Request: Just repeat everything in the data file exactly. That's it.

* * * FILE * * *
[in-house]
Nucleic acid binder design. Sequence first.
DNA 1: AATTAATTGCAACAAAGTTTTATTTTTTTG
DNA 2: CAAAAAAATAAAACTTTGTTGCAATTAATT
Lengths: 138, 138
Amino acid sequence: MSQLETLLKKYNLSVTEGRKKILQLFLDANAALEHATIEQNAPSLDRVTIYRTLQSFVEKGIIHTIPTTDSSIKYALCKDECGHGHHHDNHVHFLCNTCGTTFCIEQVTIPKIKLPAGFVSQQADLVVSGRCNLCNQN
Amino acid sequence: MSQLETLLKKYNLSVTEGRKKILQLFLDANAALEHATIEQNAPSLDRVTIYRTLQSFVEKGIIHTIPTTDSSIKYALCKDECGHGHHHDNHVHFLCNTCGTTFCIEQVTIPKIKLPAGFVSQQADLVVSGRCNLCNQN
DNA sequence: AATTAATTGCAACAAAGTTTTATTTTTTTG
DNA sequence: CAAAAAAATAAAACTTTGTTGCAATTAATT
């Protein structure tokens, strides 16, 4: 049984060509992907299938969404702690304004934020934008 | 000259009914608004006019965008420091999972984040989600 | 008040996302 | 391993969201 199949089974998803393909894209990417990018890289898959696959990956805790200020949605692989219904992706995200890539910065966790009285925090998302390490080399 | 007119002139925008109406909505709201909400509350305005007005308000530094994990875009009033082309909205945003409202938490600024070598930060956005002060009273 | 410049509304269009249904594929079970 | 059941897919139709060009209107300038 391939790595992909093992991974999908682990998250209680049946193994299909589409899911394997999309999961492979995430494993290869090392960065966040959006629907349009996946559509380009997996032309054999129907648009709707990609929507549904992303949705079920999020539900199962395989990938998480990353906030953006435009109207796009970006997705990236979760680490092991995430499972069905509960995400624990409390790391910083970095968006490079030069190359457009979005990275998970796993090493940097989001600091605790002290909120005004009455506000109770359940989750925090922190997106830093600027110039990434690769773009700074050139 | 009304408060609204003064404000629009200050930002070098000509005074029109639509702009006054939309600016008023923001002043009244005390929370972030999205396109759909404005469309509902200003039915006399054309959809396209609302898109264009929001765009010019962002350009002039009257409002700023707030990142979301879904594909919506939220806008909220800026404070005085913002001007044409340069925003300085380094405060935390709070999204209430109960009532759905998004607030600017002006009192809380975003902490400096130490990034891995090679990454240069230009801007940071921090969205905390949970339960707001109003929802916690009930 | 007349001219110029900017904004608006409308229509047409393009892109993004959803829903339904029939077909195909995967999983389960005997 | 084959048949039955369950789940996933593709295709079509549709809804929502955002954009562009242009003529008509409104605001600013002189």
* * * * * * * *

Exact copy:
[in-house]
Nucleic acid binder design. Sequence first.
DNA 1: AATTAATTGCAACAAAGTTTTATTTTTTTG
DNA 2: CAAAAAAATAAAACTTTGTTGCAATTAATT
Lengths: 138, 138
Amino acid sequence: MSQLETLLKKYNLSVTEGRKKILQLFLDANAALEHATIEQNAPSLDRVTIYRTLQSFVEKGIIHTIPTTDSSIKYALCKDECGHGHHHDNHVHFLCNTCGTTFCIEQVTIPKIKLPAGFVSQQADLVVSGRCNLCNQN
Amino acid sequence: MSQLETLLKKYNLSVTEGRKKILQLFLDANAALEHATIEQNAPSLDRVTIYRTLQSFVEKGIIHTIPTTDSSIKYALCKDECGHGHHHDNHVHFLCNTCGTTFCIEQVTIPKIKLPAGFVSQQADLVVSGRCNLCNQN
DNA sequence: AATTAATTGCAACAAAGTTTTATTTTTTTG
DNA sequence: CAAAAAAATAAAACTTTGTTGCAATTAATT
């Protein structure tokens, strides 16, 4: 049984060509992907299938969404702690304004934020934008 | 000259009914608004006019965008420091999972984040989600 | 008040996302 | 391993969201 199949089974998803393909894209990417990018890289898959696959990956805790200020949605692989219904992706995200890539910065966790009285925090998302390490080399 | 007119002139925008109406909505709201909400509350305005007005308000530094994990875009009033082309909205945003409202938490600024070598930060956005002060009273 | 410049509304269009249904594929079970 | 059941897919139709060009209107300038 391939790595992909093992991974999908682990998250209680049946193994299909589409899911394997999309999961492979995430494993290869090392960065966040959006629907349009996946559509380009997996032309054999129907648009709707990609929507549904992303949705079920999020539900199962395989990938998480990353906030953006435009109207796009970006997705990236979760680490092991995430499972069905509960995400624990409390790391910083970095968006490079030069190359457009979005990275998970796993090493940097989001600091605790002290909120005004009455506000109770359940989750925090922190997106830093600027110039990434690769773009700074050139 | 009304408060609204003064404000629009200050930002070098000509005074029109639509702009006054939309600016008023923001002043009244005390929370972030999205396109759909404005469309509902200003039915006399054309959809396209609302898109264009929001765009010019962002350009002039009257409002700023707030990142979301879904594909919506939220806008909220800026404070005085913002001007044409340069925003300085380094405060935390709070999204209430109960009532759905998004607030600017002006009192809380975003902490400096130490990034891995090679990454240069230009801007940071921090969205905390949970339960707001109003929802916690009930 | 007349001219110029900017904004608006409308229509047409393009892109993004959803829903339904029939077909195909995967999983389960005997 | 084959048949039955369950789940996933593709295709079509549709809804929502955002954009562009242009003529008509409104605001600013002189």